“This song is absolutely all I remember of 1991,” Tom Petty admitted before kicking into a slow, steady version of “Into the Great Wide Open.” Like many of the hits that dominated the Heartbreakers’ 90-minute set last night at Nashville’s Bridgestone Arena, the tune was engineered to be a crowd singalong, coasting along at an unhurried pace that allowed all fans —no matter how many cups of $9 draft beer they’d consumed —to shout along at mass volume. The trick worked, too…which was helpful, because Petty and the boys seemed a bit tired of the old stuff.
During the songs that didn’t involve much audience participation, though —namely the four cuts from Hypnotic Eye, as well as one of MOJO‘s bluesiest ball-busters, “I Should Have Known It” —the Heartbreakers became a different band, one that played not for the audience but for the simple joy of playing itself. They slashed and burned, stretching songs like “Shadow People” far past their original limits —thanks to some mid-song jamming between Petty, Benmont Tench and Mike Campbell, the latter Heartbreaker looking quite a bit like Jack Sparrow these days (albeit with a Flying V instead of a cutlas) —and turning the Bo Diddley beat of “Forgotten Man” into something fit for the arena as well as the juke joint. They sounded like a band reborn, in other words —like a group of career rockers who’ve learned to replace the speed of their younger days with the sneer and swagger that only arrives after nearly 40 years in the business. Hypnotic, indeed.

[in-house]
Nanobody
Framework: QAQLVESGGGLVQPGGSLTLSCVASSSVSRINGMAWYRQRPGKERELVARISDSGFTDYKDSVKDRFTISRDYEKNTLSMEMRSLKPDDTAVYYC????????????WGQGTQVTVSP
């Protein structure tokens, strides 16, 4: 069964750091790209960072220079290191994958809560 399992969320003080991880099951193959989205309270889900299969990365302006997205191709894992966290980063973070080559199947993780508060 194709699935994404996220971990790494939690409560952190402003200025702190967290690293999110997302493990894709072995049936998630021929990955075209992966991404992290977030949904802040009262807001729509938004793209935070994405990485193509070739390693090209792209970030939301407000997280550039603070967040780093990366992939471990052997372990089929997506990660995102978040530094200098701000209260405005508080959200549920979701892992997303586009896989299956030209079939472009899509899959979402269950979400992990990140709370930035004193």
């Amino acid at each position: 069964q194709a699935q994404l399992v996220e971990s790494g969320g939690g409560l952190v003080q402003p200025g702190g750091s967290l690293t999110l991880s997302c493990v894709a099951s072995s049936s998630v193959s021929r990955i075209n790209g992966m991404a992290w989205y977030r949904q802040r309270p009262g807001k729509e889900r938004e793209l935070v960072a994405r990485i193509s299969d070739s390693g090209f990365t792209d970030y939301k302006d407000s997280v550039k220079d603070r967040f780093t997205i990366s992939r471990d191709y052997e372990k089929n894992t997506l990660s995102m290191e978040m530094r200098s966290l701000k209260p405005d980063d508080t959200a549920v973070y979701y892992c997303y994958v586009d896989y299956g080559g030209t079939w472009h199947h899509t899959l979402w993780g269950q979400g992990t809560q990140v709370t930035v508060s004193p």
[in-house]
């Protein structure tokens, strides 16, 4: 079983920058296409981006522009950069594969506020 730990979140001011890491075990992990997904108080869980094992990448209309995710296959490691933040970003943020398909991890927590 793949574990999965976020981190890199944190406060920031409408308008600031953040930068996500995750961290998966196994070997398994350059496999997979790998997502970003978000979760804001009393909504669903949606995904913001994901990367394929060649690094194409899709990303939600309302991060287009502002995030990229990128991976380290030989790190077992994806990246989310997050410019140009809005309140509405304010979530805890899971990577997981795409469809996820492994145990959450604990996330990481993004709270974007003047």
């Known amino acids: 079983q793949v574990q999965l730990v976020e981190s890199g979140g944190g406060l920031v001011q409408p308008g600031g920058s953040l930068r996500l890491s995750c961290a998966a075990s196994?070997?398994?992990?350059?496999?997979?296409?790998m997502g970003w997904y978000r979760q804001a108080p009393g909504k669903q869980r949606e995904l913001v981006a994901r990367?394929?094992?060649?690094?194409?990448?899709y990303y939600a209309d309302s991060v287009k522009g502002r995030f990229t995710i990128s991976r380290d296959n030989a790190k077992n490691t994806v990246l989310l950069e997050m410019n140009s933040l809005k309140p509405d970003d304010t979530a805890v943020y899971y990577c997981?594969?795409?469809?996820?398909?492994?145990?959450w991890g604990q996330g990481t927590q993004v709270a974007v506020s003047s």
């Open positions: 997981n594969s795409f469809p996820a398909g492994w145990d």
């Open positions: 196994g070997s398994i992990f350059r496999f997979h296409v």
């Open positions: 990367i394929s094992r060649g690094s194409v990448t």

The greatest hits portion of the evening didn’t fire on quite as many cylinders, although “Learning to Fly” —which was stripped to its acoustic roots and rebuilt as a slow-burning folk song, with the audience handling the final chorus while Petty ad-libbed in the background —proved that the Heartbreakers still wear restraint well, and Campbell’s solo at the end of “Runnin’ Down a Dream” brought down a house that included Sheryl Crow, Jason Isbell and other members of Nashville’s guitar-playing cognoscenti. Short by Heartbreakers standards, the show wrapped up after an hour and a half, leaving no room for hits like “Don’t Come Around Here No More,” “Breakdown” or any Damn the Torpedoes tracks beyond “Refugee.” Maybe the guys should’ve shortened their mid-set tunes with opening act Steve Winwood, who returned to the stage to perform long, improv-heavy versions of “Can’t Find My Way Home” and “Gimme Some Lovin.'” Still, between a band that makes new albums to satisfy contractual deals and a band that makes new albums because their new songs demand it, we’ll take the latter…even if it means the older tunes fall a little flat by comparison.